Bain Capital Private Equity sees a vast opportunity to leverage the continued digitization of healthcare processes, with plans to build upon the success of newly acquired PartsSource — a company that, from a B2B perspective, can be likened to an “Amazon of healthcare”.
The transaction, announced Tuesday, assigns Aurora, Ohio-based PartsSource a total enterprise value of $1.25 billion, sources familiar with the deal told PE Hub.
The deal provides an exit for Great Hill Partners, producing what looks to be a strong outcome considering the Boston PE firm tends to invest $25 million to $500 million in its platforms. In connection with Great Hill’s May 2017 investment, Madison Capital provided a $36.5 million senior debt facility to finance its LBO.
Led by CEO Phil Settimi, PartsSource operates an online marketplace of medical equipment maintenance, parts and services connecting almost 19,000 hospitals and clinics with more than 6,000 OEM manufacturers in the US. Its precision procurement analytics technology helps hospitals to optimize spend, reduce risk and improve supply chain visibility.
“It’s using software tools in a marketplace to drive efficiency — in this case, in the supply chain,” Bain Capital managing director Devin O’Reilly said.
Bain had gotten to know PartsSource’s strategy and management team for about two years, before moving to advance an [anticipated] process, O’Reilly said. Bain due to its groundwork was able put a deal [offer] together “within a matter of weeks”, he said.
“Bain came fast, strong and hard to preempt the process before we fully launched,” Great Hill Managing Partner Mark Taber said. “They moved with conviction and had a lot of confidence with the company and the team. From the time Bain entered their bid to signing, we came together within 48 hours on final deal terms.”
Robert W. Baird advised PartsSource on the transaction, while TripleTree advised Bain.
Bain has long examined healthcare IT businesses that help hospitals and health systems run more efficiently — be it human resources management or better managing assets, O’Reilly said. At the same time, it sought to back companies that ultimately can help deliver improved patient care. r
“We had been looking for a way to play this theme around the supply chain and asset optimization within healthcare systems for a while,” he said.
It was through Bain’s learnings from existing and prior investments in healthcare providers like Aveanna Healthcare, US Renal Care and HCA that the firm saw a big need. “Having historically and currently been investors in provider businesses, we see some of the challenges our businesses have,” he said. “In this case, that’s managing all the medtech equipment that’s in their facilities.”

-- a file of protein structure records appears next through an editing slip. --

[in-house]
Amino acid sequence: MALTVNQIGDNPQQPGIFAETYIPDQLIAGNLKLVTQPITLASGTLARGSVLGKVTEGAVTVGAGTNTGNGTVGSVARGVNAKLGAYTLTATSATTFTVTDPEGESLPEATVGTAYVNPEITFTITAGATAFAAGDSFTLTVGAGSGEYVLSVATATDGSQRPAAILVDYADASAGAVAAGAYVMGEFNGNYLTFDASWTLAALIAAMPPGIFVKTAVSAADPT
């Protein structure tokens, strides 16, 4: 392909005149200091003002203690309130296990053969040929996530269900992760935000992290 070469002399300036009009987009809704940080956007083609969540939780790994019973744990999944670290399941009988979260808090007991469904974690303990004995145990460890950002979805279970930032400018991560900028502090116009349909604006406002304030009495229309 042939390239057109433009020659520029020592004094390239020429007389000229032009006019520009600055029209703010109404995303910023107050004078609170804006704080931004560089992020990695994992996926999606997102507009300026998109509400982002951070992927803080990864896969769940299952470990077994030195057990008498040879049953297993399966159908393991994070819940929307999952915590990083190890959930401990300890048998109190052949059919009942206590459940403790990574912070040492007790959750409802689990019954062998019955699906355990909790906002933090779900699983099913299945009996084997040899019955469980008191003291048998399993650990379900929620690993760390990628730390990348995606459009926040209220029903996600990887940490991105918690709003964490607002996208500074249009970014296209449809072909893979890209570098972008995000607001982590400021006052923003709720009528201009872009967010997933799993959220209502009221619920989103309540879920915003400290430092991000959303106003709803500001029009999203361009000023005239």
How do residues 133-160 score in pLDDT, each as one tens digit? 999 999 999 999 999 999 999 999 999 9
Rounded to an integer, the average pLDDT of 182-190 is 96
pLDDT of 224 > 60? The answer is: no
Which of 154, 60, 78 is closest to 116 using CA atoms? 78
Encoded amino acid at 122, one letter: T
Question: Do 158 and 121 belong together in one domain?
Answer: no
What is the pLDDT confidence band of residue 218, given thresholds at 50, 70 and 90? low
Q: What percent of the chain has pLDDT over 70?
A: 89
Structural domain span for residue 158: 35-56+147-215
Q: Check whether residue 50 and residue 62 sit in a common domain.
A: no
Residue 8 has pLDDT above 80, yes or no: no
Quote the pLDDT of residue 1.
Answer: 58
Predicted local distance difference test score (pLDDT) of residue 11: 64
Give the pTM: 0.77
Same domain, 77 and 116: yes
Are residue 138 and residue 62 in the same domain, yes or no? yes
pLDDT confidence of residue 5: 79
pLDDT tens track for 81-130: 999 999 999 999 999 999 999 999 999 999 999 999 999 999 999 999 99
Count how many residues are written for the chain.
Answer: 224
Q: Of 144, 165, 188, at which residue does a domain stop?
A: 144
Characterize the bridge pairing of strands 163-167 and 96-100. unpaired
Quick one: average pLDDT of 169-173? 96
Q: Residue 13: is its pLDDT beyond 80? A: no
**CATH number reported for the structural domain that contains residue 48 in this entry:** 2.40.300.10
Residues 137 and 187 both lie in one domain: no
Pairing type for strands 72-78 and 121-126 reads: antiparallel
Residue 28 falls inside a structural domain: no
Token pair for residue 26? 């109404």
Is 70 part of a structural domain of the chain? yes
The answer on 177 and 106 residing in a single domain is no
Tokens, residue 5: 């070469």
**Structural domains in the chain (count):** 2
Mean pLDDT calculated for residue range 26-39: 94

Likewise, Taber said he saw in PartsSource an opportunity to address a bottleneck facing hospitals ahead of its investment four years back: “Often the clinical engineers spend more time on the phone locating parts and ordering them then doing repairs… If your [operating room] goes down because [a part breaks] getting that fixed is critically important.”
“People have been under-indexed on that problem for a long time,” CEO Philip Settimi said.
Simply put, the online marketplace built by PartsSource “makes it easy to point, search and click” for used and new parts and supplies, compare different options and ultimately get equipment shipped back to the hospital quickly, Taber explained.
That said, PartsSource does more than help clinical operations people make orders more efficiently — moving a historically manual process and taking it online. Through its procurement analytics technology, it uses transactional data to provide feedback on supplier performance, which empowers evidence-based decision-making that ultimately drives tighter operations, CEO Settimi explained.
“We’re using these algorithms to help route hospital orders to the most cost-effective and reliable [parts],” Settimi said. “The healthcare ecosystem is more seamless, air-proof and ultimately far more reliable.”
The rapid adoption of PartsSource Pro, a subscription product sold at the enterprise level, reflects the company’s growth. The product is now used by 12,000-plus hospitals today, up from only about 100 at the time of Great Hill’s 2017 investment — a year after the product launched. “We’re adding three or four hospitals a week,” the CEO said.
PartsSource Pro accounts for approximately 50 percent of its revenue today and will approach 60 percent by year-end, according to Semetti.
The quick acceleration of PartsSource’s bookings growth also serves as a precursor for future growth, according O’ Reilly: “I think it can be many multitudes of the size it is today.”
PartsSource also has an opportunity to grow internationally, enter new end-markets such as post-acute and outpatient settings, as well as build upon its newer, fast-growing services business.
“Whether in life sciences, lab services, dental, healthcare IT or vet, we think there’s a huge opportunity to build an industry leading, category leading [platform] that has all these components to make [healthcare constituents] work that much more efficiently,” added Settimi. “There are tens of billions of dollars of marketplace opportunity in those end-markets.”
Last year, PartsSource expanded its marketplace network from parts into on-site and off-site repair and service solutions — offering curated and credentialed access to more than 2,000 service engineers. A few weeks ago, Settimi added, it stood up a new dedicated facilities management business.
For Great Hill, PartsSource marks the latest in a string of recent scale exits at the nexus of healthcare and tech. That includes the majority sales of Quantum Health and RxBenefits, which both commanded $1 billion-plus valuations, PE Hub previously wrote.
Correction: This report has been updated to correct the misspelling of PartsSource in certain instances.